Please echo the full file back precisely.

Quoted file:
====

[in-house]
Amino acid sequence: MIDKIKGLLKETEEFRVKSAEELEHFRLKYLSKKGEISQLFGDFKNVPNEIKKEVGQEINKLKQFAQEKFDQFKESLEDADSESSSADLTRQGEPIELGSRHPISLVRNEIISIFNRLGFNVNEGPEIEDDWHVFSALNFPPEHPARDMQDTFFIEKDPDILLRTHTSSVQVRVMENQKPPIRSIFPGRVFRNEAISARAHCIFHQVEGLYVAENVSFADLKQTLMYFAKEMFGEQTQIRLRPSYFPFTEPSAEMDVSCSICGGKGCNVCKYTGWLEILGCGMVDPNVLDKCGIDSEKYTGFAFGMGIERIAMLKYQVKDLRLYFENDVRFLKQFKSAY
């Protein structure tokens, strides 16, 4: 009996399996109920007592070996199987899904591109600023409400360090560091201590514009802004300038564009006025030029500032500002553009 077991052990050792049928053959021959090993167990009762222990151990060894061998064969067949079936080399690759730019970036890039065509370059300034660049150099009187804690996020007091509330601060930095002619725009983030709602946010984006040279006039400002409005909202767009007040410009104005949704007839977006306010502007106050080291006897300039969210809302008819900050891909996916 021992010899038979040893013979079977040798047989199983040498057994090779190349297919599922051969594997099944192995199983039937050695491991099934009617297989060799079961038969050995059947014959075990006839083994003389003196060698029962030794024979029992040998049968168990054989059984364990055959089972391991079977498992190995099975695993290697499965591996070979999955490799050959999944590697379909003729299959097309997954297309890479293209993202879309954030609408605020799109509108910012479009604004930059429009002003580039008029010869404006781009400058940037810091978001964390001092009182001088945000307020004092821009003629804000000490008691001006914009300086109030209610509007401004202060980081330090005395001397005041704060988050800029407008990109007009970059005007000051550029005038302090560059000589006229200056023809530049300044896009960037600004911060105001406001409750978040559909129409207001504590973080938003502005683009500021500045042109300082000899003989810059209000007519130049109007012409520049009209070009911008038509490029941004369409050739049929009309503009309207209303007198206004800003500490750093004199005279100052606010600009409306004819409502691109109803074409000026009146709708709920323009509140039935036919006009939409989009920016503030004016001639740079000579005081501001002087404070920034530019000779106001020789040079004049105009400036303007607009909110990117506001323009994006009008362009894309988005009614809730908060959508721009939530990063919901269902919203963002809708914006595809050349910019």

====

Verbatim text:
[in-house]
Amino acid sequence: MIDKIKGLLKETEEFRVKSAEELEHFRLKYLSKKGEISQLFGDFKNVPNEIKKEVGQEINKLKQFAQEKFDQFKESLEDADSESSSADLTRQGEPIELGSRHPISLVRNEIISIFNRLGFNVNEGPEIEDDWHVFSALNFPPEHPARDMQDTFFIEKDPDILLRTHTSSVQVRVMENQKPPIRSIFPGRVFRNEAISARAHCIFHQVEGLYVAENVSFADLKQTLMYFAKEMFGEQTQIRLRPSYFPFTEPSAEMDVSCSICGGKGCNVCKYTGWLEILGCGMVDPNVLDKCGIDSEKYTGFAFGMGIERIAMLKYQVKDLRLYFENDVRFLKQFKSAY
């Protein structure tokens, strides 16, 4: 009996399996109920007592070996199987899904591109600023409400360090560091201590514009802004300038564009006025030029500032500002553009 077991052990050792049928053959021959090993167990009762222990151990060894061998064969067949079936080399690759730019970036890039065509370059300034660049150099009187804690996020007091509330601060930095002619725009983030709602946010984006040279006039400002409005909202767009007040410009104005949704007839977006306010502007106050080291006897300039969210809302008819900050891909996916 021992010899038979040893013979079977040798047989199983040498057994090779190349297919599922051969594997099944192995199983039937050695491991099934009617297989060799079961038969050995059947014959075990006839083994003389003196060698029962030794024979029992040998049968168990054989059984364990055959089972391991079977498992190995099975695993290697499965591996070979999955490799050959999944590697379909003729299959097309997954297309890479293209993202879309954030609408605020799109509108910012479009604004930059429009002003580039008029010869404006781009400058940037810091978001964390001092009182001088945000307020004092821009003629804000000490008691001006914009300086109030209610509007401004202060980081330090005395001397005041704060988050800029407008990109007009970059005007000051550029005038302090560059000589006229200056023809530049300044896009960037600004911060105001406001409750978040559909129409207001504590973080938003502005683009500021500045042109300082000899003989810059209000007519130049109007012409520049009209070009911008038509490029941004369409050739049929009309503009309207209303007198206004800003500490750093004199005279100052606010600009409306004819409502691109109803074409000026009146709708709920323009509140039935036919006009939409989009920016503030004016001639740079000579005081501001002087404070920034530019000779106001020789040079004049105009400036303007607009909110990117506001323009994006009008362009894309988005009614809730908060959508721009939530990063919901269902919203963002809708914006595809050349910019």